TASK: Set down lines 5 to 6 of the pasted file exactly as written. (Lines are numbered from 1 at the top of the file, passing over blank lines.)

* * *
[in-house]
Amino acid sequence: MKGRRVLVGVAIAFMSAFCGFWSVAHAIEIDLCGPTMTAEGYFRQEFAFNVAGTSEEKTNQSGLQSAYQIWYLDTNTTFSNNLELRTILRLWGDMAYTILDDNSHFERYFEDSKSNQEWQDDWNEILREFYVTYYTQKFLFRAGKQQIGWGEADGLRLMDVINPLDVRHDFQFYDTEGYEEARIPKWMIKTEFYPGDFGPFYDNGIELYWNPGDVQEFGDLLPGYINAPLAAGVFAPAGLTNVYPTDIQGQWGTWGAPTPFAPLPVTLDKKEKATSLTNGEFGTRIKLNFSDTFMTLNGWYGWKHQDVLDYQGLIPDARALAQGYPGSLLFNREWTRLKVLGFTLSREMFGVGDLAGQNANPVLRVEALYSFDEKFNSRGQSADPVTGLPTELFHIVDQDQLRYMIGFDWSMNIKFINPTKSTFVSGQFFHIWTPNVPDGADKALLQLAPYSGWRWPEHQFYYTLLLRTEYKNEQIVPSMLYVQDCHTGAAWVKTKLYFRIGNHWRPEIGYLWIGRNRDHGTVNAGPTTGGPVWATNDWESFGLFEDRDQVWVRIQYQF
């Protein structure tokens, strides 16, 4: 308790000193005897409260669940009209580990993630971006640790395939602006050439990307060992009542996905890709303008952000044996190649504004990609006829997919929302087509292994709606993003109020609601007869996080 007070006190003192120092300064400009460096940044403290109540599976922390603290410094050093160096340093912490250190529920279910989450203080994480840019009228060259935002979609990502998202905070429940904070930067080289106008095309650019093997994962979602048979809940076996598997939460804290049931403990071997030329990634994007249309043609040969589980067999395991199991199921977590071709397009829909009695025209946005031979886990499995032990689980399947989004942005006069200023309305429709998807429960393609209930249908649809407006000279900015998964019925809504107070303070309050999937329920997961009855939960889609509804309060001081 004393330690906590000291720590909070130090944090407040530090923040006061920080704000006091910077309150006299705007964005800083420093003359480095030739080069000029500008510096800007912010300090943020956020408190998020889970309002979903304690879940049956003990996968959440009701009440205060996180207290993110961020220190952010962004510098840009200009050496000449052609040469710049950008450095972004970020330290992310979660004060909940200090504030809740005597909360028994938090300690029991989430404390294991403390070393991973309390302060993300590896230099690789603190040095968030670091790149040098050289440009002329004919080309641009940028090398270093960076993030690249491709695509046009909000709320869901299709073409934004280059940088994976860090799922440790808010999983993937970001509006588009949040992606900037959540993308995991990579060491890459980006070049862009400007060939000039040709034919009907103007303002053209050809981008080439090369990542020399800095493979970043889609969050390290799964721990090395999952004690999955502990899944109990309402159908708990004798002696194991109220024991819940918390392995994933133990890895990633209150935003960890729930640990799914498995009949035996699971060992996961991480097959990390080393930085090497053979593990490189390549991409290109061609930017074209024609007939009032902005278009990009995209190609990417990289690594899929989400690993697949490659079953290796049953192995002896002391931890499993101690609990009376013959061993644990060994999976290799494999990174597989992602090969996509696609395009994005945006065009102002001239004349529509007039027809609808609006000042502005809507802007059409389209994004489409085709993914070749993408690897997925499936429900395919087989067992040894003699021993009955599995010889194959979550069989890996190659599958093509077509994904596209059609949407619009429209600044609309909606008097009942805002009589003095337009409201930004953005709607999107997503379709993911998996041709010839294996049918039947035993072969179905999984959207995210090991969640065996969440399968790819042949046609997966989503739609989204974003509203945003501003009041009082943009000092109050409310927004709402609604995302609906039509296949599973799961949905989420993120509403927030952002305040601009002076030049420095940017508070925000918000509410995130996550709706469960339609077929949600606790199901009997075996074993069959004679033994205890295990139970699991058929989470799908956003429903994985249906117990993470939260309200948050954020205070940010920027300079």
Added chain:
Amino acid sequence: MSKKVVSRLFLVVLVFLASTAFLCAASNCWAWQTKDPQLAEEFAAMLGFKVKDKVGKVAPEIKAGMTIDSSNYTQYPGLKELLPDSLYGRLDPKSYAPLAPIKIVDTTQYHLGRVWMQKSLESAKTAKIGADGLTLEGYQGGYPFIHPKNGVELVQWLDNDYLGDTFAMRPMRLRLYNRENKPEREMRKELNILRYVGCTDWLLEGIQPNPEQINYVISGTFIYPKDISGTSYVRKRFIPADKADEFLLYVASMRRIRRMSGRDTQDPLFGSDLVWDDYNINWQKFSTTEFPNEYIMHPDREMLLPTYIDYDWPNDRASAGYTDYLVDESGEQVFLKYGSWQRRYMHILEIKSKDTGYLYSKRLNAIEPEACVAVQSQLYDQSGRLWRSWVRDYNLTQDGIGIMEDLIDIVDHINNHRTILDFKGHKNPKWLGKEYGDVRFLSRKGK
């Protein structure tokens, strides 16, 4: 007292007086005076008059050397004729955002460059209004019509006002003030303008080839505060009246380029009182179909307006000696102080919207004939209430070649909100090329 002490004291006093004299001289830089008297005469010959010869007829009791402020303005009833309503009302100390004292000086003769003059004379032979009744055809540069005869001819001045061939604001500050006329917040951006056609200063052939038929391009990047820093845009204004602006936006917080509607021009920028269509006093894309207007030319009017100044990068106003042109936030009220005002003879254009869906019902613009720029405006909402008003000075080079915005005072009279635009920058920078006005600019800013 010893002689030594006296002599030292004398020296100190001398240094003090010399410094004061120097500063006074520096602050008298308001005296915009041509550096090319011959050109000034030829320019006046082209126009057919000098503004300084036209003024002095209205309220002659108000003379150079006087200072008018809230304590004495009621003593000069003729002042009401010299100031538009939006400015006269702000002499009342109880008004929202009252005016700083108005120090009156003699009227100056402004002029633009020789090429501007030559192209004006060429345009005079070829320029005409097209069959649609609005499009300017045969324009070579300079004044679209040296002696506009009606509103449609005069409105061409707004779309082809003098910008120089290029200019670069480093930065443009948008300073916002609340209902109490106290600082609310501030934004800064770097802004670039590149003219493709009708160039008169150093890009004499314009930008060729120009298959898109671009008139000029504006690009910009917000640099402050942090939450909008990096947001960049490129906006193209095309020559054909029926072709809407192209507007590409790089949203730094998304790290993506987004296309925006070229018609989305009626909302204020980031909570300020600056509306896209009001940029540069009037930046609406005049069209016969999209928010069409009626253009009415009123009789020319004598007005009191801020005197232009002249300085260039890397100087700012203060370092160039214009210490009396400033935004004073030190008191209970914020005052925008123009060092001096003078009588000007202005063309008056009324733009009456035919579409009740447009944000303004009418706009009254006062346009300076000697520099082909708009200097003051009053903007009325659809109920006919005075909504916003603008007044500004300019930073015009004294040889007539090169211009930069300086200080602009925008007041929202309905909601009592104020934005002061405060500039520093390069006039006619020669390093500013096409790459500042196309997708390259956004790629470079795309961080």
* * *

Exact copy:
Amino acid sequence: MSKKVVSRLFLVVLVFLASTAFLCAASNCWAWQTKDPQLAEEFAAMLGFKVKDKVGKVAPEIKAGMTIDSSNYTQYPGLKELLPDSLYGRLDPKSYAPLAPIKIVDTTQYHLGRVWMQKSLESAKTAKIGADGLTLEGYQGGYPFIHPKNGVELVQWLDNDYLGDTFAMRPMRLRLYNRENKPEREMRKELNILRYVGCTDWLLEGIQPNPEQINYVISGTFIYPKDISGTSYVRKRFIPADKADEFLLYVASMRRIRRMSGRDTQDPLFGSDLVWDDYNINWQKFSTTEFPNEYIMHPDREMLLPTYIDYDWPNDRASAGYTDYLVDESGEQVFLKYGSWQRRYMHILEIKSKDTGYLYSKRLNAIEPEACVAVQSQLYDQSGRLWRSWVRDYNLTQDGIGIMEDLIDIVDHINNHRTILDFKGHKNPKWLGKEYGDVRFLSRKGK
């Protein structure tokens, strides 16, 4: 007292007086005076008059050397004729955002460059209004019509006002003030303008080839505060009246380029009182179909307006000696102080919207004939209430070649909100090329 002490004291006093004299001289830089008297005469010959010869007829009791402020303005009833309503009302100390004292000086003769003059004379032979009744055809540069005869001819001045061939604001500050006329917040951006056609200063052939038929391009990047820093845009204004602006936006917080509607021009920028269509006093894309207007030319009017100044990068106003042109936030009220005002003879254009869906019902613009720029405006909402008003000075080079915005005072009279635009920058920078006005600019800013 010893002689030594006296002599030292004398020296100190001398240094003090010399410094004061120097500063006074520096602050008298308001005296915009041509550096090319011959050109000034030829320019006046082209126009057919000098503004300084036209003024002095209205309220002659108000003379150079006087200072008018809230304590004495009621003593000069003729002042009401010299100031538009939006400015006269702000002499009342109880008004929202009252005016700083108005120090009156003699009227100056402004002029633009020789090429501007030559192209004006060429345009005079070829320029005409097209069959649609609005499009300017045969324009070579300079004044679209040296002696506009009606509103449609005069409105061409707004779309082809003098910008120089290029200019670069480093930065443009948008300073916002609340209902109490106290600082609310501030934004800064770097802004670039590149003219493709009708160039008169150093890009004499314009930008060729120009298959898109671009008139000029504006690009910009917000640099402050942090939450909008990096947001960049490129906006193209095309020559054909029926072709809407192209507007590409790089949203730094998304790290993506987004296309925006070229018609989305009626909302204020980031909570300020600056509306896209009001940029540069009037930046609406005049069209016969999209928010069409009626253009009415009123009789020319004598007005009191801020005197232009002249300085260039890397100087700012203060370092160039214009210490009396400033935004004073030190008191209970914020005052925008123009060092001096003078009588000007202005063309008056009324733009009456035919579409009740447009944000303004009418706009009254006062346009300076000697520099082909708009200097003051009053903007009325659809109920006919005075909504916003603008007044500004300019930073015009004294040889007539090169211009930069300086200080602009925008007041929202309905909601009592104020934005002061405060500039520093390069006039006619020669390093500013096409790459500042196309997708390259956004790629470079795309961080």